Jessica Bailiff – S/T

Those who are easily depressed, beware: Jessica Bailiff’s self-titled third album may not be your cup of tea. For those who enjoy wallowing in the occasional pit of despair, however, this disc may be the perfect soundtrack. Not since Hope Sandoval of Mazzy Star fame pasted together gems like So Tonight That I Might See and Among My Swan has dark, gloomy sadness sounded so good.
Album opener “Swallowed” is a reprise of an older, previously recorded track, and it sets the mood for the remainder of the album. Sparse acoustic guitar is accompanied by Bailiff’s haunting, half-whispered vocals. Snippets of words and phrases only occasionally rise about the background music before fading back into obscurity. While most of the tracks are guitar based, Bailiff is no stranger to sonic experimentation. A haunting sitar fills the spaces between Bailiff’s singing on “The Hiding Place.” Looping, staccato violin provides a hypnotic backdrop for “Big Hill,” an enchanting (though somewhat repetitive) ballad reminiscent of Dead Can Dance’s “I am Stretched on Your Grave.” The slow-motion tambourine and reverberating guitar feedback on “Disappear” will no doubt have Hope Sandoval contacting her lawyers shortly.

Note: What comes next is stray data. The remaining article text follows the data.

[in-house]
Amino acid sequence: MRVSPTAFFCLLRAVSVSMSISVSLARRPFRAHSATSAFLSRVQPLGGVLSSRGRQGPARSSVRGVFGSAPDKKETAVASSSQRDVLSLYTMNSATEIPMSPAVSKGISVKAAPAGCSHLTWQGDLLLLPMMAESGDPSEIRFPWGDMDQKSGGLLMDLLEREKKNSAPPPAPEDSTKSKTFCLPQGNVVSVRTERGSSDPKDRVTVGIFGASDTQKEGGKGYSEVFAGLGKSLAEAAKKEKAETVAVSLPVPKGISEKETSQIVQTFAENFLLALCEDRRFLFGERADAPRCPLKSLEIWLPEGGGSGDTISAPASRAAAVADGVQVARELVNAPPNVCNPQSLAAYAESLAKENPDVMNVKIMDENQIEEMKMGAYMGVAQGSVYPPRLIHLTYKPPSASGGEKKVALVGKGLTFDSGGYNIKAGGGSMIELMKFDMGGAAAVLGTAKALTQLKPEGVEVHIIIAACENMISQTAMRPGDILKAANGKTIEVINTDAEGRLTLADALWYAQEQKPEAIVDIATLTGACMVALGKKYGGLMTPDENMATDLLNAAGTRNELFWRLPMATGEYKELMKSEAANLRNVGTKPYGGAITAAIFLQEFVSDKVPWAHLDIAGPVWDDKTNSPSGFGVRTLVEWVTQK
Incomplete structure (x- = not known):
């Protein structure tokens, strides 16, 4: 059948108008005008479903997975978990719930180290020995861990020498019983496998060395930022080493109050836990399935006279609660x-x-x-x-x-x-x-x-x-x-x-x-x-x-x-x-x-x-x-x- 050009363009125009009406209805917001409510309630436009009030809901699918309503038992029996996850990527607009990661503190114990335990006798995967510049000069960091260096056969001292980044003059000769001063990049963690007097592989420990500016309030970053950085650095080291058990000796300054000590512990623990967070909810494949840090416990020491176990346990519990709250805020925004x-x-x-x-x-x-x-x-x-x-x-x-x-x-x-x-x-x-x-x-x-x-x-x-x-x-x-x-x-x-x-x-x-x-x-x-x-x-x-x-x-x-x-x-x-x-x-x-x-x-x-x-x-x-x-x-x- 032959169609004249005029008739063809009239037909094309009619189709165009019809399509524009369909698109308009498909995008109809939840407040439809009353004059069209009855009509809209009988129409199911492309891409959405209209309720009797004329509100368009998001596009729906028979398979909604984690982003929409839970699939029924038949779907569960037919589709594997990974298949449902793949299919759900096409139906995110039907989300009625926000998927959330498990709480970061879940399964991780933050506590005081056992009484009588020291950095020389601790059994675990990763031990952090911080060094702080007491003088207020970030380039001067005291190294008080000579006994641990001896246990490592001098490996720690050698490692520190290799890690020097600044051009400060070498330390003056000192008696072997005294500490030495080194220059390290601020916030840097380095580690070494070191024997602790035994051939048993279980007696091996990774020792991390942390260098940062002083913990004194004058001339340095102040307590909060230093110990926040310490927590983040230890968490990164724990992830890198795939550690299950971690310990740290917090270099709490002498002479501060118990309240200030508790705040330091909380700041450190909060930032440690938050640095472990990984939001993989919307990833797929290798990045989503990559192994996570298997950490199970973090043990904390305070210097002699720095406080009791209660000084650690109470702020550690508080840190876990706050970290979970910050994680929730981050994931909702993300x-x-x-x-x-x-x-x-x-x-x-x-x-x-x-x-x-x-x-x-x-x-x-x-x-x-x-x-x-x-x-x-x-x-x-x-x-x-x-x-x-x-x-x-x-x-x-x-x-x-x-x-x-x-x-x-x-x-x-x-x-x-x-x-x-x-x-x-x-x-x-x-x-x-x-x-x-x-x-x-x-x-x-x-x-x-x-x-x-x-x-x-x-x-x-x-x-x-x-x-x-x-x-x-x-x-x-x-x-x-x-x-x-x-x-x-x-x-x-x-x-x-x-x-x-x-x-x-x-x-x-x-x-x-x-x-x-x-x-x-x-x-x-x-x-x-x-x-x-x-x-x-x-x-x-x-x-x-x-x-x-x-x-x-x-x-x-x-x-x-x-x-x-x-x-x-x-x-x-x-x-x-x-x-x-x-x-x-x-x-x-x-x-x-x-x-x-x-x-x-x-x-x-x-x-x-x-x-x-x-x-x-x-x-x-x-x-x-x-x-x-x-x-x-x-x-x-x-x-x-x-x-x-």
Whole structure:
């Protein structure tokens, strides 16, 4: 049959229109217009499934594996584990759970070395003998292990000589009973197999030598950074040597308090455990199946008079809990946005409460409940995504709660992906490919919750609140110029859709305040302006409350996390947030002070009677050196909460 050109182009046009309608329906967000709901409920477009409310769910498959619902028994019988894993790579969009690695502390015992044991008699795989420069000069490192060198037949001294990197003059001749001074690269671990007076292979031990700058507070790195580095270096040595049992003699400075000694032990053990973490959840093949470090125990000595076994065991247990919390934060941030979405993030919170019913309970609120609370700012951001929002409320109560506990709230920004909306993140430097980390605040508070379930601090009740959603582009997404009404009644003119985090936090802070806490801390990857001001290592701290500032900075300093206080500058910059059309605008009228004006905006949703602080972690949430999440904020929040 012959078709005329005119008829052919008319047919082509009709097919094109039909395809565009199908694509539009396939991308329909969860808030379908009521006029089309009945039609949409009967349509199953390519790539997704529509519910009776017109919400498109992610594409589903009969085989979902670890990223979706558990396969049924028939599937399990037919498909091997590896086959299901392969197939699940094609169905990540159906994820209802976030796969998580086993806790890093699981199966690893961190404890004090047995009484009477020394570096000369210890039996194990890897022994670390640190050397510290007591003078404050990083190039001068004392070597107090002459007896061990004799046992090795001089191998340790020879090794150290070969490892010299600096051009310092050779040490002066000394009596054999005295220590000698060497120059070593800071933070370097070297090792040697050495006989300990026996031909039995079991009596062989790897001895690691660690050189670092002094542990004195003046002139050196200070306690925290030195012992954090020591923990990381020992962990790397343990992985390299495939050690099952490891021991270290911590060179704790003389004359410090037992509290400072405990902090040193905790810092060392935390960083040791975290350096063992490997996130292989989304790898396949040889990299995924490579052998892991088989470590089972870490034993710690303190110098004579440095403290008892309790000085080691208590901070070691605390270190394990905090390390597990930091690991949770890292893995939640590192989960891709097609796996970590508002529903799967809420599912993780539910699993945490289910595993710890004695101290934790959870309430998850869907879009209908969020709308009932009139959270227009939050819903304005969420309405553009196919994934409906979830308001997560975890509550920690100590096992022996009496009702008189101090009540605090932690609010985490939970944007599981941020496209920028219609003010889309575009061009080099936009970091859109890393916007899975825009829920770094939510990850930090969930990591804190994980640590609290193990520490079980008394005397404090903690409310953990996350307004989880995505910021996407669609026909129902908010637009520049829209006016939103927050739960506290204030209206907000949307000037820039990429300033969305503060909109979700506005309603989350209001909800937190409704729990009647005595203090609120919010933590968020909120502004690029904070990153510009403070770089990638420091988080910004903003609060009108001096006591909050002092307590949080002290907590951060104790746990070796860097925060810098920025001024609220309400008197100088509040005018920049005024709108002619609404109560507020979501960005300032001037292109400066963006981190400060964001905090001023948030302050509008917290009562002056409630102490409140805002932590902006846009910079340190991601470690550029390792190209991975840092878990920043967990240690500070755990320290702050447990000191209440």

All nine songs on this album are very similar, and there is no break in Bailiff’s somber mood. In my opinion, that’s a good thing: when I want to wallow, I don’t want my thoughts interrupted by a rogue cheery ditty. On the other hand, the unrelenting sadness and intensity of this disc may very well drive some listeners to tear up from frustration, not sadness. Only those who appreciate the strange comfort that can be found in sad music will love this album.